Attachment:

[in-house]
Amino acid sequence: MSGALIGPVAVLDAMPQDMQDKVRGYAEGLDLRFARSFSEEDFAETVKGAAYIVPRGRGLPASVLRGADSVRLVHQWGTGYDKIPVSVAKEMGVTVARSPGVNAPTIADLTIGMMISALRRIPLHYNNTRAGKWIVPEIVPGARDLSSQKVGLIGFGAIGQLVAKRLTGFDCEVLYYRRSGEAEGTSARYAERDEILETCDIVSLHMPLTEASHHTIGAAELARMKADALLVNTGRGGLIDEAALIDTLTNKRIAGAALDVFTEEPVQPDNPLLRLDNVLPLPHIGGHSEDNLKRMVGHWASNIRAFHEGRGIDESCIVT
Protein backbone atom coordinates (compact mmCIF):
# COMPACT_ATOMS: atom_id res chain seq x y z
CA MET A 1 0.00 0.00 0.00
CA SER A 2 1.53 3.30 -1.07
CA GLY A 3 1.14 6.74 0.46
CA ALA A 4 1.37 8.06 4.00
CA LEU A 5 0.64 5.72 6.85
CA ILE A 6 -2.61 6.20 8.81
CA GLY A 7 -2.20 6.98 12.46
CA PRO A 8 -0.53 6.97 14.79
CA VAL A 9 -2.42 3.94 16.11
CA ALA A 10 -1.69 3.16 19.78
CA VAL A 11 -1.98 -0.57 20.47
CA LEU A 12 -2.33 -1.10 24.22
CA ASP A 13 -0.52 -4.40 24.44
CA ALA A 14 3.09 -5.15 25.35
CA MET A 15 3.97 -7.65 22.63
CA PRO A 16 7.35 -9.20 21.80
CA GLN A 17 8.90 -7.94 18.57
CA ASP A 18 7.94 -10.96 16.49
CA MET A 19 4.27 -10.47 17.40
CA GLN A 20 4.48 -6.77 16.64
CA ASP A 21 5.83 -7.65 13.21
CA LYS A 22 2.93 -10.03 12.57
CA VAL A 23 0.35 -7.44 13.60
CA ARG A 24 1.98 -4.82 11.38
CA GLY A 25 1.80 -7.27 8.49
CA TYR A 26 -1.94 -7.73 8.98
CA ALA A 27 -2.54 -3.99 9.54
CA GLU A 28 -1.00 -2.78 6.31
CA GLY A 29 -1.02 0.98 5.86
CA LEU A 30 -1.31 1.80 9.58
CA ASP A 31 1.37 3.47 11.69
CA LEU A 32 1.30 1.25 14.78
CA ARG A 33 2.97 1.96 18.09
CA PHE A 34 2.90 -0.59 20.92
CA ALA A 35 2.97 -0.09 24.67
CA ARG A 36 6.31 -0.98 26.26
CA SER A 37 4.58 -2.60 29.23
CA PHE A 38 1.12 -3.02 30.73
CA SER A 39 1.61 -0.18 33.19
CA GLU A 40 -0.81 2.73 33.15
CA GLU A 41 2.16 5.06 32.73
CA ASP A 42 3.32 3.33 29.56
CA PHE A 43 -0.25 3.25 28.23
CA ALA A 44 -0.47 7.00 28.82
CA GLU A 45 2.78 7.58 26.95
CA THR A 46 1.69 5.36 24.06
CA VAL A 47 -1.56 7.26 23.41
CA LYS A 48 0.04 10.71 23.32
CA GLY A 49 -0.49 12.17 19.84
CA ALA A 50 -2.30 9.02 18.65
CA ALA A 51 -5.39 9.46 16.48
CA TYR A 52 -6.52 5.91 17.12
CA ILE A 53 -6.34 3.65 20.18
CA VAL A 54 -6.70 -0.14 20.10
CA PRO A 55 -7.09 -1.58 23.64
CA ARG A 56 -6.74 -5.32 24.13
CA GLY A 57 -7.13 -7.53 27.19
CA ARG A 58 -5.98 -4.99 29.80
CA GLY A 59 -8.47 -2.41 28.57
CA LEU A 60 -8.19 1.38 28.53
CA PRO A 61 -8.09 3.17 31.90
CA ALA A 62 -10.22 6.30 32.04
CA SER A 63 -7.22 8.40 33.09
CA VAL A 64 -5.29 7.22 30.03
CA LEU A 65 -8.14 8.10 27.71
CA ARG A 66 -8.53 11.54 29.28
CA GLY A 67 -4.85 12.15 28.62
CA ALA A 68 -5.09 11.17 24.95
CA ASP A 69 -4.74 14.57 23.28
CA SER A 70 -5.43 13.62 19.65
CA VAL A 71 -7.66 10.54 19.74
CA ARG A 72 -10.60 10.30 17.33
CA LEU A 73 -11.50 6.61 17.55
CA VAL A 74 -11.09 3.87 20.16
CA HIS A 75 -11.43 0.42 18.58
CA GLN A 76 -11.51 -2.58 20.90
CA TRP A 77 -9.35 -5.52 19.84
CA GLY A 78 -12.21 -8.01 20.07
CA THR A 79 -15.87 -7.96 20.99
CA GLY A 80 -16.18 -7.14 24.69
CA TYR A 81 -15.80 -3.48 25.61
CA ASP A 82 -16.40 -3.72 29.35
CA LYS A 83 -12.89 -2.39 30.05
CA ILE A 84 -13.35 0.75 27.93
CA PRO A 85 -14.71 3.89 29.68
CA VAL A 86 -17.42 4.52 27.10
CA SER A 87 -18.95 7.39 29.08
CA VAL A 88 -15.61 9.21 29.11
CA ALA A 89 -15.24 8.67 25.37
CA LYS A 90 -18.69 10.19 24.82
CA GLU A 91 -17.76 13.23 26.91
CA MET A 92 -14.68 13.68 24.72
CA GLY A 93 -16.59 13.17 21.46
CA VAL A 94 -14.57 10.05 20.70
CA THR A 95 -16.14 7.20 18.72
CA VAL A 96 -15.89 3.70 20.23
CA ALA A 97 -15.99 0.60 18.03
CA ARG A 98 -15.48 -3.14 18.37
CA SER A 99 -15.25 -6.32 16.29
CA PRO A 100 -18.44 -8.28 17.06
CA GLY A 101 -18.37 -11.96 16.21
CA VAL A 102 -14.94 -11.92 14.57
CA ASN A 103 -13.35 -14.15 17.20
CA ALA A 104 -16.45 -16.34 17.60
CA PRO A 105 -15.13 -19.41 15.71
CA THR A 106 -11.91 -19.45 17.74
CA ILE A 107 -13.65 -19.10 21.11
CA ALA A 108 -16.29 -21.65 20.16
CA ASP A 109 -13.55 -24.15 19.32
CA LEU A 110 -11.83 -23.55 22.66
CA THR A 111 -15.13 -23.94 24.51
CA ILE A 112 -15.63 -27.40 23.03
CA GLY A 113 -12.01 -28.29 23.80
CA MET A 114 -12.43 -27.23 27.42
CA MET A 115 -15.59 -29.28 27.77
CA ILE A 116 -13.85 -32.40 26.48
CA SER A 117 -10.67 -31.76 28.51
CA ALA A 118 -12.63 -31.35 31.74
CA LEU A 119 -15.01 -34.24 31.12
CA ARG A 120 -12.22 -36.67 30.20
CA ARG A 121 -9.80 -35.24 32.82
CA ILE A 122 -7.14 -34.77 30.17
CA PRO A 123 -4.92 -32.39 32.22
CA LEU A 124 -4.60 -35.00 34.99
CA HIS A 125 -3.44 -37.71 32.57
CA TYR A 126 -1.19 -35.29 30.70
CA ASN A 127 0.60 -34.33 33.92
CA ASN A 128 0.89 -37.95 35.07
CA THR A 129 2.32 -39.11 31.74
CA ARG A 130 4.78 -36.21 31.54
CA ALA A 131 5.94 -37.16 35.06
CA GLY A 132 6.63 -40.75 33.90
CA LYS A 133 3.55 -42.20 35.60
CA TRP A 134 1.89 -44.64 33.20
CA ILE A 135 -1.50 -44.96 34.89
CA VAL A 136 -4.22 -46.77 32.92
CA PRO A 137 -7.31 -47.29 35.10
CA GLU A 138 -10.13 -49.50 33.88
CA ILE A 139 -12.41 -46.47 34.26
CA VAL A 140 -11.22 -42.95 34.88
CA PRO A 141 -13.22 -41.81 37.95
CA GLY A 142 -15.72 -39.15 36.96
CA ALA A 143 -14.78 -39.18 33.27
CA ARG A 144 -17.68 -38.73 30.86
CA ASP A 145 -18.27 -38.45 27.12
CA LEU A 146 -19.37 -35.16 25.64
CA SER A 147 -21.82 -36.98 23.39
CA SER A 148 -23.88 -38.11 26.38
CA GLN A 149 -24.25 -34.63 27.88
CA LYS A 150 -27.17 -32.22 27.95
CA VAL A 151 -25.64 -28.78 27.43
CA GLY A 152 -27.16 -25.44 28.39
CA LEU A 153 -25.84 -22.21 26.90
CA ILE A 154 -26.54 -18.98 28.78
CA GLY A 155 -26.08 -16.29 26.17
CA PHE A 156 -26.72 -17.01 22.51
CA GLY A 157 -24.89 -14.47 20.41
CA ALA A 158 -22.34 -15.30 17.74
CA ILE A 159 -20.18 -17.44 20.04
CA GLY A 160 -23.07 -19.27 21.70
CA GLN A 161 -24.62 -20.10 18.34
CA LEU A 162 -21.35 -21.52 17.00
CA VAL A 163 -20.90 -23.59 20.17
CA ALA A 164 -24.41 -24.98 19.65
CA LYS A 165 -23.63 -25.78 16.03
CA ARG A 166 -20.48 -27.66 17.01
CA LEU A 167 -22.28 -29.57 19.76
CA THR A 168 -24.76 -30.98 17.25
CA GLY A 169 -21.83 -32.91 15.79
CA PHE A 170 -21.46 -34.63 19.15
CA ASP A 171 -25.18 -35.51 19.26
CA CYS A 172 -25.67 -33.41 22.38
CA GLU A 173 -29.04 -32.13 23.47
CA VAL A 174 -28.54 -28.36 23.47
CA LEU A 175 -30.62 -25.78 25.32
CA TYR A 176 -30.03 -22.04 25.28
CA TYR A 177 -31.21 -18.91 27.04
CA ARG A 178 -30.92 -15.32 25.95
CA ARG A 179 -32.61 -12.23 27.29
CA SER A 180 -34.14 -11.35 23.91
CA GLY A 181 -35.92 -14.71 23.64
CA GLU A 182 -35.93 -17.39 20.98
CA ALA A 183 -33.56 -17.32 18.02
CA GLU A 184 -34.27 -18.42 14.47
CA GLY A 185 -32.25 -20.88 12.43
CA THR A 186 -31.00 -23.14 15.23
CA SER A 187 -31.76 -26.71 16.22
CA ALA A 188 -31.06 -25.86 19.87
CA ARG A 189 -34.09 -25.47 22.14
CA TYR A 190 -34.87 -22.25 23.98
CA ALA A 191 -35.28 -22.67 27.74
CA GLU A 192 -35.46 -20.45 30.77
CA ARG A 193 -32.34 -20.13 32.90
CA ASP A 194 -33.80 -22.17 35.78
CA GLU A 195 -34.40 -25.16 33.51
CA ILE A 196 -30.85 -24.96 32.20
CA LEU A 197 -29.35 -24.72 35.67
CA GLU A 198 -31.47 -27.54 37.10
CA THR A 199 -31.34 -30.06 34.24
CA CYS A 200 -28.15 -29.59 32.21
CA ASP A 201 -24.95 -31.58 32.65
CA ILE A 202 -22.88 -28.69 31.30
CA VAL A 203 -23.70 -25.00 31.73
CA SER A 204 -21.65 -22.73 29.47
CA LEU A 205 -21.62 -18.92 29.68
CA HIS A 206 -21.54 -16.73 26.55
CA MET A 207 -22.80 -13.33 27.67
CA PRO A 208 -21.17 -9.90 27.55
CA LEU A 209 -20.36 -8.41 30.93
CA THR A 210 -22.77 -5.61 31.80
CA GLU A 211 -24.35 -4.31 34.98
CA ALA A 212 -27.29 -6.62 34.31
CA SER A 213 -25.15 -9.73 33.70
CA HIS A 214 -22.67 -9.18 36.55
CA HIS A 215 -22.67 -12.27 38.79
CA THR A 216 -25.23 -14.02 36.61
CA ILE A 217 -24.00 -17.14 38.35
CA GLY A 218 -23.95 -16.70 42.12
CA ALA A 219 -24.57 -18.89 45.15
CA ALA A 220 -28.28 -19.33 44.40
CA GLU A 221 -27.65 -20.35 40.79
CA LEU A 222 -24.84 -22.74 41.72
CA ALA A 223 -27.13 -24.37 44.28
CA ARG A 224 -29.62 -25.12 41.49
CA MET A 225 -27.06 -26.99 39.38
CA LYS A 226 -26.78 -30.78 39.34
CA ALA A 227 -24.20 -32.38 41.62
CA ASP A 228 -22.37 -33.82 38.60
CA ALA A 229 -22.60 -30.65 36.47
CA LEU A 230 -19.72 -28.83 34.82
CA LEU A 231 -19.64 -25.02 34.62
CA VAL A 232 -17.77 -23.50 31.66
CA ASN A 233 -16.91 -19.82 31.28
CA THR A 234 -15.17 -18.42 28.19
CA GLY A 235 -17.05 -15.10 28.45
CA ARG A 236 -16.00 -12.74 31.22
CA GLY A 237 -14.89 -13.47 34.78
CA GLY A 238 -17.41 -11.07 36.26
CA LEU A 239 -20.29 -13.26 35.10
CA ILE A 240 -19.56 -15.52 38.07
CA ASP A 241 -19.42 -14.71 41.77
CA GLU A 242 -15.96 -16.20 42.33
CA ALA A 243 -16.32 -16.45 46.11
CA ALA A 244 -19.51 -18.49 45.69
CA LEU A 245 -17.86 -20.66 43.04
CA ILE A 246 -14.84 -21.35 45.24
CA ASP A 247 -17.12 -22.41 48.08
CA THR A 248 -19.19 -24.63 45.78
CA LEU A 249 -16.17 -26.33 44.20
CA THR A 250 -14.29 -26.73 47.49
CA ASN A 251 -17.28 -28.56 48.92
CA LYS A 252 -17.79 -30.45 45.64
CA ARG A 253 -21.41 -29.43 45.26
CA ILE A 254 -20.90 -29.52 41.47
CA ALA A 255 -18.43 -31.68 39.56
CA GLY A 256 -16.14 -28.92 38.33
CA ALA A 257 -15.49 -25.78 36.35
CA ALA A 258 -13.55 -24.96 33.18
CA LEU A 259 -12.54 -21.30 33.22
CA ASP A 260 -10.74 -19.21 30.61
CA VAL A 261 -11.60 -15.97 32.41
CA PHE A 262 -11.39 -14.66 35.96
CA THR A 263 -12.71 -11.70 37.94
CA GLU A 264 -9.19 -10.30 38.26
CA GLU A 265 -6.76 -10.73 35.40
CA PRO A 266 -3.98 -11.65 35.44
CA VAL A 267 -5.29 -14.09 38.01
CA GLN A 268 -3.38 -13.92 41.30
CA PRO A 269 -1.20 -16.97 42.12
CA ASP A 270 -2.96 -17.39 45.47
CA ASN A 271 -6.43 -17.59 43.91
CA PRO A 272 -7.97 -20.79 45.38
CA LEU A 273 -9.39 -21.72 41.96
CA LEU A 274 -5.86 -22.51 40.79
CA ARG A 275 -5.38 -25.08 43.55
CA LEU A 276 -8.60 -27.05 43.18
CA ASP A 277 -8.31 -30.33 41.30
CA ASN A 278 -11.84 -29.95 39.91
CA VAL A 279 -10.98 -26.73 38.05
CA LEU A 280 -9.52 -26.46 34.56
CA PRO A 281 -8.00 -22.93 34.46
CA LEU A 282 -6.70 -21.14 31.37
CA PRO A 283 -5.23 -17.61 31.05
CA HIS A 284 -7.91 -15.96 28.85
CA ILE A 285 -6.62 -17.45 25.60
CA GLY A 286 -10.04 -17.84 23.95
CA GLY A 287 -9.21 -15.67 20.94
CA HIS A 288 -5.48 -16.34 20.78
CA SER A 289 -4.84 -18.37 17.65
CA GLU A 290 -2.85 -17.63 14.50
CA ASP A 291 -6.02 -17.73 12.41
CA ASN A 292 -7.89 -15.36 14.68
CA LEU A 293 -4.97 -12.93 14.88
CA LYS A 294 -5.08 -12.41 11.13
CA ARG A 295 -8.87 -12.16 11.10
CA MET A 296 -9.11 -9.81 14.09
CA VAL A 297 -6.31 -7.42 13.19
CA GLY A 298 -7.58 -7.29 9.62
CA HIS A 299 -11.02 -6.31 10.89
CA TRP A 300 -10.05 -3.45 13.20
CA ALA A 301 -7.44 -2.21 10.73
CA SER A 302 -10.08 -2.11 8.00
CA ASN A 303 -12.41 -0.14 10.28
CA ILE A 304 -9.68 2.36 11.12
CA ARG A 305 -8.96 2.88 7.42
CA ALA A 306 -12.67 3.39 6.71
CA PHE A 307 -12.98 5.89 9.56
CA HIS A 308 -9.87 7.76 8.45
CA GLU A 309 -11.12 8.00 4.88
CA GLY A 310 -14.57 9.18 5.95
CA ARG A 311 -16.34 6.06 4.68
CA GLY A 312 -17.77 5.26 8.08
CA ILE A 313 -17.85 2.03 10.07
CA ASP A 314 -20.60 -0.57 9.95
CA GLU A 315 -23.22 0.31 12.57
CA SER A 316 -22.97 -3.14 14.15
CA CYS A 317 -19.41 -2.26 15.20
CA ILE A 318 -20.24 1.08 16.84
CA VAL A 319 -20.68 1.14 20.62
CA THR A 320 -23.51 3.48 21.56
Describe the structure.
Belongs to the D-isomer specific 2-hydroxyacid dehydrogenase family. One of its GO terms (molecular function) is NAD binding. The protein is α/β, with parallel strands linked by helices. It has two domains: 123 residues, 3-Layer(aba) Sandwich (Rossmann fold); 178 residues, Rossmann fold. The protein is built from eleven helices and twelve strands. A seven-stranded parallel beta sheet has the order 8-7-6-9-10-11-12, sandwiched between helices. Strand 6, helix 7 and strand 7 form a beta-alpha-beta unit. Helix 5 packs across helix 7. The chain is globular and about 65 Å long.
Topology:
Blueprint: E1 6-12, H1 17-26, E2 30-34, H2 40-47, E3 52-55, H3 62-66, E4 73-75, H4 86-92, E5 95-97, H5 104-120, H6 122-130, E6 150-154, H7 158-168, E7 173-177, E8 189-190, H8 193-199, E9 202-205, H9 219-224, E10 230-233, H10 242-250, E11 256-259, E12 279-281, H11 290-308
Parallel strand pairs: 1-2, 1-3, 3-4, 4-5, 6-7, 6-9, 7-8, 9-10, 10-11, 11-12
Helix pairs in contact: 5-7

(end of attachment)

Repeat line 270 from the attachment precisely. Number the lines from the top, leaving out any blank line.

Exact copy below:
CA PRO A 266 -3.98 -11.65 35.44